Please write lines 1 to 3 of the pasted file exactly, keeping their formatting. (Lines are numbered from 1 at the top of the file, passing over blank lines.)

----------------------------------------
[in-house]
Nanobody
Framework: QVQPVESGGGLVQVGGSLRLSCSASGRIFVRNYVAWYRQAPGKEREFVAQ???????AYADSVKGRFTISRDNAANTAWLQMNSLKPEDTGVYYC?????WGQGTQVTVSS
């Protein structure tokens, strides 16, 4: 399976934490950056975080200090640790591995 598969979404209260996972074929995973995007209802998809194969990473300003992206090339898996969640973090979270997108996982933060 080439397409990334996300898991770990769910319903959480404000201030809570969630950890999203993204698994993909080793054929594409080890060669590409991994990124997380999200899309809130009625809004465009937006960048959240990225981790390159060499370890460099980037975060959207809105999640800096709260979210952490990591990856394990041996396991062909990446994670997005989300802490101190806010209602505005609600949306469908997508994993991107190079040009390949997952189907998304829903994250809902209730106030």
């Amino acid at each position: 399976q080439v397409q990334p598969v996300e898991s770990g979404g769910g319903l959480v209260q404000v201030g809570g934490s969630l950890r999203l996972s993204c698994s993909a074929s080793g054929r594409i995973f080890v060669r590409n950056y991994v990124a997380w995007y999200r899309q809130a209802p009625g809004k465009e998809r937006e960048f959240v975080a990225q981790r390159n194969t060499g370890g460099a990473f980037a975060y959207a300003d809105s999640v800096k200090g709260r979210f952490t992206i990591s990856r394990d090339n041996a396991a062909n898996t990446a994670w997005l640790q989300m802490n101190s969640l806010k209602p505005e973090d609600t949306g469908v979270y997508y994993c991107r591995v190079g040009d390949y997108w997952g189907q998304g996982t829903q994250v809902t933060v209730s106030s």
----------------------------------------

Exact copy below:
[in-house]
Nanobody
Framework: QVQPVESGGGLVQVGGSLRLSCSASGRIFVRNYVAWYRQAPGKEREFVAQ???????AYADSVKGRFTISRDNAANTAWLQMNSLKPEDTGVYYC?????WGQGTQVTVSS